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Wednesday, August 22, 2012

Should You Consider Filing Patent Applications in the Name of Your Corporation, Instead of in the Name of Inventors?


As pointed out over at Patently-O recently:

Under the new rules being implemented on September 16, 2012, the status of “patent applicant” will no longer be keyed to inventorship but instead ownership.  Depending on how this is implemented, ti could change the tactical approach for small and mid-size businesses who file patent applications.

Some potential benefits of the new system:

1.  Streamlined management of patent portfolio - Application is assigned to the correct corporate entity from the outset.  For most small to mid-sized companies there is no elaborate corporate structure that includes a dedicated corporate entity operating as an intellectual property holding company.  However, over time, various purpose-driven sister companies and subsidiaries may be created in order to accomplish specific tasks.  By having the intellectual property assets already associated with the correct corporate entity, it becomes easier to manage those assets and, potentially, monetize them as a unit.

2.  Minimization of improper inventorship inequitable conduct assertions in future litigations.  While filing in the name of the corporate entity does not obviate the need to do inventorship studies to determine who truly contributed to the conception of a given invention, it does blunt future assertions that any errors were made with deceptive intent.  As long as all participants in the development of the invention are employees of the same corporate entity and have an obligation to assign their work to that entity, the debate as to inventorship is rendered practically moot.  

Even though the requirements for assertion of the defense have grown more stringent in the wake of the Therasense decision, the added discovery costs often involved in fighting off such an assertion can be substantial.  Filing in the name of a corporate entity could substantially limit an infringement defendant’s incentive to assert this defense.
         
3.  Creates difficulty for others with respect to competitive intelligence gathering based on inventor name searches.  The new rules state that “The Office plans to continue to use the inventor’s name for application and patent identification purposes as inventor names tend to provide a more distinct identification than assignee names.’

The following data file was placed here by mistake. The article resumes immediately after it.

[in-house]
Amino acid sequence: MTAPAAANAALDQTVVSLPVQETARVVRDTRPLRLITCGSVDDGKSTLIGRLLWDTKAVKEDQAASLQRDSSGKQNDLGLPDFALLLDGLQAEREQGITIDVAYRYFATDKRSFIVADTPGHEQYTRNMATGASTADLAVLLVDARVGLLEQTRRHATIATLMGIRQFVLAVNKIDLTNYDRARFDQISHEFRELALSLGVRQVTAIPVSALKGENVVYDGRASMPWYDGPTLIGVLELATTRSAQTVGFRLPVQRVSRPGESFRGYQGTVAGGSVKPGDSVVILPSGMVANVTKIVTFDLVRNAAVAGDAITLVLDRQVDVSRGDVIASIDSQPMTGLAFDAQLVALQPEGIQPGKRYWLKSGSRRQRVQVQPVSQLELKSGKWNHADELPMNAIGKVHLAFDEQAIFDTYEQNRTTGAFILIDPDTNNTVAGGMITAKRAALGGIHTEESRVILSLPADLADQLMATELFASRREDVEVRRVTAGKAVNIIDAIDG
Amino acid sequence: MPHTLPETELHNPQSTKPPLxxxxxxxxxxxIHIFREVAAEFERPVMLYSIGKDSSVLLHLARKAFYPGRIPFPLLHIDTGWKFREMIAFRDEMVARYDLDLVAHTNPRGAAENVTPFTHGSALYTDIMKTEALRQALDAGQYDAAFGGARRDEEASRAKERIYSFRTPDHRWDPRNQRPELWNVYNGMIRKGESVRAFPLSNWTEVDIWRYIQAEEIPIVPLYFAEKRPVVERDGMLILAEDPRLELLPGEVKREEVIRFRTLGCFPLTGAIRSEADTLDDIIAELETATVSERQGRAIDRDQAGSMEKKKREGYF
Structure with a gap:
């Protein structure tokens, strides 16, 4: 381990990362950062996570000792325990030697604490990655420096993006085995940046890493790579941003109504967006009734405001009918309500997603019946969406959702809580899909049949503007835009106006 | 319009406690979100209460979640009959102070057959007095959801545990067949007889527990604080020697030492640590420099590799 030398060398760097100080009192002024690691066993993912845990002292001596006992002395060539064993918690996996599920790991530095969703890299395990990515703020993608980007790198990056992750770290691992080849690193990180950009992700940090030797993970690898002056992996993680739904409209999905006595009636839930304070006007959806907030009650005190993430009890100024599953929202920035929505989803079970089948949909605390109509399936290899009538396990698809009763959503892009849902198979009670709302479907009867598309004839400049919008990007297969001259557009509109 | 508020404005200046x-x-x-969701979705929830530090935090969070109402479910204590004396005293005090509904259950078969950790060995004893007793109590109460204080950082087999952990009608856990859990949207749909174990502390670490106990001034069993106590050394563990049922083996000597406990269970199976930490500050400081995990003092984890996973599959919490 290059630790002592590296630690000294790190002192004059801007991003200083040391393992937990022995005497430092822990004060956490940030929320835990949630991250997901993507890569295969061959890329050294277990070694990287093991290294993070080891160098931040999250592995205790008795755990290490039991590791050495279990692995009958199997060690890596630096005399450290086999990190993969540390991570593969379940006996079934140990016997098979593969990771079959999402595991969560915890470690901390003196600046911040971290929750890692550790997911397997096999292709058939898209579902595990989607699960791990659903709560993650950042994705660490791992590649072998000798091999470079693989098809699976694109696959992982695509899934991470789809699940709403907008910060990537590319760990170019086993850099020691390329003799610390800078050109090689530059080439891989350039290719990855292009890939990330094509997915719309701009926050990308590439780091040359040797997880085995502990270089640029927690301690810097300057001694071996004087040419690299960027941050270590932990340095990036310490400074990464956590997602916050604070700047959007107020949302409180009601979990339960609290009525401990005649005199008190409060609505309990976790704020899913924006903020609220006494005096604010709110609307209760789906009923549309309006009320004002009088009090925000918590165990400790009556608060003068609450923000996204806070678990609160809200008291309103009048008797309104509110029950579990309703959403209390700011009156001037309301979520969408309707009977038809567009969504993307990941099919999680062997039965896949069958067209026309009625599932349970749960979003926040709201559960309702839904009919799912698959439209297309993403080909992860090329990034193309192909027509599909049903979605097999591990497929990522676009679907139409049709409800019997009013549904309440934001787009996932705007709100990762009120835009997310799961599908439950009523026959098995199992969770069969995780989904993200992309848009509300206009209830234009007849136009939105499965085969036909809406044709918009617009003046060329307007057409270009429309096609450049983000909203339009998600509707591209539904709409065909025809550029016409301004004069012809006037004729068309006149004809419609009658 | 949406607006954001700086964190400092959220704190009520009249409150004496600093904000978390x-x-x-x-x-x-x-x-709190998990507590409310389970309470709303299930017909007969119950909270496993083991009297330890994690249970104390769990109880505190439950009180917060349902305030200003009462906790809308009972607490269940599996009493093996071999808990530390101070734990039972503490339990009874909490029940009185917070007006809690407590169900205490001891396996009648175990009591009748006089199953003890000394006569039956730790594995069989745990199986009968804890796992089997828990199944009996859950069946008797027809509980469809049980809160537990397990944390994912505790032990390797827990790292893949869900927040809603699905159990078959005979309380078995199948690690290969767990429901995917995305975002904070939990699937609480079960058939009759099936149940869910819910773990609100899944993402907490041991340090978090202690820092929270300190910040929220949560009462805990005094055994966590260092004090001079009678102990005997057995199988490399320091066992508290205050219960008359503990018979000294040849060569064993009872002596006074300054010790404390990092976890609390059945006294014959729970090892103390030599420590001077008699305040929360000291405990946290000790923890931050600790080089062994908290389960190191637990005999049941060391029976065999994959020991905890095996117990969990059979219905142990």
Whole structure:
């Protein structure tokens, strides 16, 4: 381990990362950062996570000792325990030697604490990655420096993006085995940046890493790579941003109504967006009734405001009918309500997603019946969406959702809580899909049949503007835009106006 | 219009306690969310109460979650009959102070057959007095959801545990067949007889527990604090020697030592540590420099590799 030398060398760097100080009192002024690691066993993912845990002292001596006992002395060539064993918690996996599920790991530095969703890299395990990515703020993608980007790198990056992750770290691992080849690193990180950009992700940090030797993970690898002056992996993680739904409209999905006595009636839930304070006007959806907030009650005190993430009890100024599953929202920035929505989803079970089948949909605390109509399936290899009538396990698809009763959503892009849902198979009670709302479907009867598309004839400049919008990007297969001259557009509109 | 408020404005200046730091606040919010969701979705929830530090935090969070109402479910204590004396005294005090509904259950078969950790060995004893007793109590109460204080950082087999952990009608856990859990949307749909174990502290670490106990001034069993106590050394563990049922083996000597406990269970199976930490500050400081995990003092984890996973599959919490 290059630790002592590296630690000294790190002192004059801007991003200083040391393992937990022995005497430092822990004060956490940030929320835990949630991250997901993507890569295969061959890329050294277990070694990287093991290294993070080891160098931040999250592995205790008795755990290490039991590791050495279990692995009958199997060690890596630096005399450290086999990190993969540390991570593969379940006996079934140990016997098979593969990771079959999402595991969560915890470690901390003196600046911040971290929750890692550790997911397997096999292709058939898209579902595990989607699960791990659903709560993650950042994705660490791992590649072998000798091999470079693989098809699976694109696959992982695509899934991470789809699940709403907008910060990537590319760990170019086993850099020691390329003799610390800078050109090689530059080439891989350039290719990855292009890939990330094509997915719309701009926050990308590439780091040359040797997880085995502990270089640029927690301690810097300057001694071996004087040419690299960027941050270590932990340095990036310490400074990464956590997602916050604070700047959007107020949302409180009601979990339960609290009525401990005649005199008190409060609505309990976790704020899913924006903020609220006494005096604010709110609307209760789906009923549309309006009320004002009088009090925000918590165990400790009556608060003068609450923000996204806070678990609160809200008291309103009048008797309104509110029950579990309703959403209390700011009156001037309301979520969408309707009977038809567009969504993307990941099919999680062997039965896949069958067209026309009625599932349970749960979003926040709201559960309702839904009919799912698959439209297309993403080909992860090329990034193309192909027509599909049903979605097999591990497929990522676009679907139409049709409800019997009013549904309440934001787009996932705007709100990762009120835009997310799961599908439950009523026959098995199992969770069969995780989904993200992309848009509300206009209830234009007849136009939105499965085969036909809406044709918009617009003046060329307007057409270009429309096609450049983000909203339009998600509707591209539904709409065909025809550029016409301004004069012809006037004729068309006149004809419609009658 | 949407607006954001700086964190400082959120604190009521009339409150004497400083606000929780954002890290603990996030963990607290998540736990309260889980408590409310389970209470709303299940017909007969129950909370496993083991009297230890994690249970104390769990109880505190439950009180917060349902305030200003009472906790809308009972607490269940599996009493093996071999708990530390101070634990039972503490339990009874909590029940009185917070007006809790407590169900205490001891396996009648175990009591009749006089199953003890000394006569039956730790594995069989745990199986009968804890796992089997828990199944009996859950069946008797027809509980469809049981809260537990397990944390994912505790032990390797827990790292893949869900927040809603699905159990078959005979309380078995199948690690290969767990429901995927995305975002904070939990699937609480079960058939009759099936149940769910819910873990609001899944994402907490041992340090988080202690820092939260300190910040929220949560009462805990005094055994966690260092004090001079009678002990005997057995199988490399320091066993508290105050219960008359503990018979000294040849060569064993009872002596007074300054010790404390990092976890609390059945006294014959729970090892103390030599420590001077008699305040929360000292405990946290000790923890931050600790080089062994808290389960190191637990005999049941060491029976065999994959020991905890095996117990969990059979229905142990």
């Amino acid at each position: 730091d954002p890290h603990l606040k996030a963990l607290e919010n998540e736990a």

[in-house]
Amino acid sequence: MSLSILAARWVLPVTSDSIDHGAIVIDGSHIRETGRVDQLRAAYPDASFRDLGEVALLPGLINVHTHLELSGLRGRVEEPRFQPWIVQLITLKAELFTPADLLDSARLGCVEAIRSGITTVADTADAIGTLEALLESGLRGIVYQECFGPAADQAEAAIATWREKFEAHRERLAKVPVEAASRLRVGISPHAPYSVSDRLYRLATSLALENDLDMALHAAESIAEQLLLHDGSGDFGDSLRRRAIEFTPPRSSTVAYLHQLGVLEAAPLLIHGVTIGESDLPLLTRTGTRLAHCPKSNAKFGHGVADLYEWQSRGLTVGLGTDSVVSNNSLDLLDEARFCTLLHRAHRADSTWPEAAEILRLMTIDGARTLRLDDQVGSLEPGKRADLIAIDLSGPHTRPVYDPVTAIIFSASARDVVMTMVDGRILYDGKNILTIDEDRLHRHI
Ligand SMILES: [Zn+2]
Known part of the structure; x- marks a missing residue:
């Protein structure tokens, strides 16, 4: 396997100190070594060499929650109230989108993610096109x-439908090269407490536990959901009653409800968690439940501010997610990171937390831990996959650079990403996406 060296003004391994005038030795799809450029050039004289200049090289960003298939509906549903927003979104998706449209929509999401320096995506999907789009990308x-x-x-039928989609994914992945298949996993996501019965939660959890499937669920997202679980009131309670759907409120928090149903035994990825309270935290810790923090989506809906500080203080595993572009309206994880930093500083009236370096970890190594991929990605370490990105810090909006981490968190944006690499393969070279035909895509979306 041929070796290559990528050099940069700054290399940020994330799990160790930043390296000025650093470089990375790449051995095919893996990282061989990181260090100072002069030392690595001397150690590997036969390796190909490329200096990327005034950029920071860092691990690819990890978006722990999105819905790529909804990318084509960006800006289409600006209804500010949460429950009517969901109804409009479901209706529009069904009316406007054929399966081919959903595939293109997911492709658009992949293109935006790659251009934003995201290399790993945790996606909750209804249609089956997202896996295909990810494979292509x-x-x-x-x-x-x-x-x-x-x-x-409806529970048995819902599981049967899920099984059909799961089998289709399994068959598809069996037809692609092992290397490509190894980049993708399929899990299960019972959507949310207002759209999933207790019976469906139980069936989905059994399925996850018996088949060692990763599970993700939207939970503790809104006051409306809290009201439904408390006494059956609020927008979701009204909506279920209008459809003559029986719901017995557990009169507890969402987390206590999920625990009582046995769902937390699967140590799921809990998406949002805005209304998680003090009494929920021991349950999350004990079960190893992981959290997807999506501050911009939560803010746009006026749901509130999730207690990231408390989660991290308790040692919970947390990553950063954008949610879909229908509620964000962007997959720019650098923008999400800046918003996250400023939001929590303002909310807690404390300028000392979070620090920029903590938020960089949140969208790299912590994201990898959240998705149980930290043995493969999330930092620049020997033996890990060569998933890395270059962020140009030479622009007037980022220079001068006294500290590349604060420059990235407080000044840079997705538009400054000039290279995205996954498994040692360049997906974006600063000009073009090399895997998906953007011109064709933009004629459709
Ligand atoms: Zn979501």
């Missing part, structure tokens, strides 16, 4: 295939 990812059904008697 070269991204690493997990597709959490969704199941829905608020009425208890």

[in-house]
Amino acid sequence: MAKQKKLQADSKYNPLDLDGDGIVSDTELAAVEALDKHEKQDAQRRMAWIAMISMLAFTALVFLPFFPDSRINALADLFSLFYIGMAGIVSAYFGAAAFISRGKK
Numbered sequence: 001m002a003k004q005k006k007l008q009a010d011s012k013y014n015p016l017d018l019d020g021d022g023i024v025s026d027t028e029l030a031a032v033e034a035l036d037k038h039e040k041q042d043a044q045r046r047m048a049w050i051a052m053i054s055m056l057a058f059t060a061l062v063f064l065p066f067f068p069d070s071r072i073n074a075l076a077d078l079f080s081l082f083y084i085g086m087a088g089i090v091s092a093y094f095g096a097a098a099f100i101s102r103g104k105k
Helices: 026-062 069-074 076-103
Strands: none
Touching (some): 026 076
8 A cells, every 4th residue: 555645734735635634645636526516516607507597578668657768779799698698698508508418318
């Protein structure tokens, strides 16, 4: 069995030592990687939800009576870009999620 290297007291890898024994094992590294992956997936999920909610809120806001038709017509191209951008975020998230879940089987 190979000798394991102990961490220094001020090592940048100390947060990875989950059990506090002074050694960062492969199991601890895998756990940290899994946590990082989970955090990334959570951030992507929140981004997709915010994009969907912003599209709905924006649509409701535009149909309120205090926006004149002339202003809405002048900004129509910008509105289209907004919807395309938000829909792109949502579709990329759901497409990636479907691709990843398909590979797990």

However, the new rules also provide:

“Additionally, the Office is revising the rules of practice relating to the inventor’s oath or declaration to allow applicants to postpone filing the inventor’s oath or declaration until the application is otherwise in condition for allowance.”  

This provides an opportunity to hide the identity of major inventors long enough to delay competitors in developing follow along technology."

Additional Considerations:

It should be noted that, under the new rules, juristic entity-filed applications must be filed by a registered patent attorney.  Absent having one on staff, it is important to establish a relationship with a practitioner who can handle such filings for your company if you decide to pursue this tactic.

Wednesday, August 15, 2012

Monsanto wins $1b verdict on RoundUp Ready Seed Patent

Patently-O gives a good overview of the case, which is now on a collision course with a CAFC appeal.  Think your research activities are protected under a magical "research exemption"?  Madey v. Duke should have set you straight.  However, most practitioners advise their clients that even if research activities are found to be infringing, the damages are de minimis at best.  After all, where is the lost market share or lost profits?  Really, the only advantage one could get would be a head start in marketing a competitive product.  How much could that be worth?  According to the District Court in this case, it could be worth ONE BILLION DOLLARS!  From the Patently-O case summary:

The damages theory was interesting. Since the accused product was not yet on the market, Monsanto did not seek any lost profit. Rather, Monsanto demanded a reasonable royalty for the research-use made by the defendants. Monsanto argued that the use of Monsanto's invention in DuPont's labs and Pioneer's test fields gave those companies an "improper head start" in making the GM seeds. The judge and jury agreed – if those companies wanted to build upon the invention then they should have first obtained a license.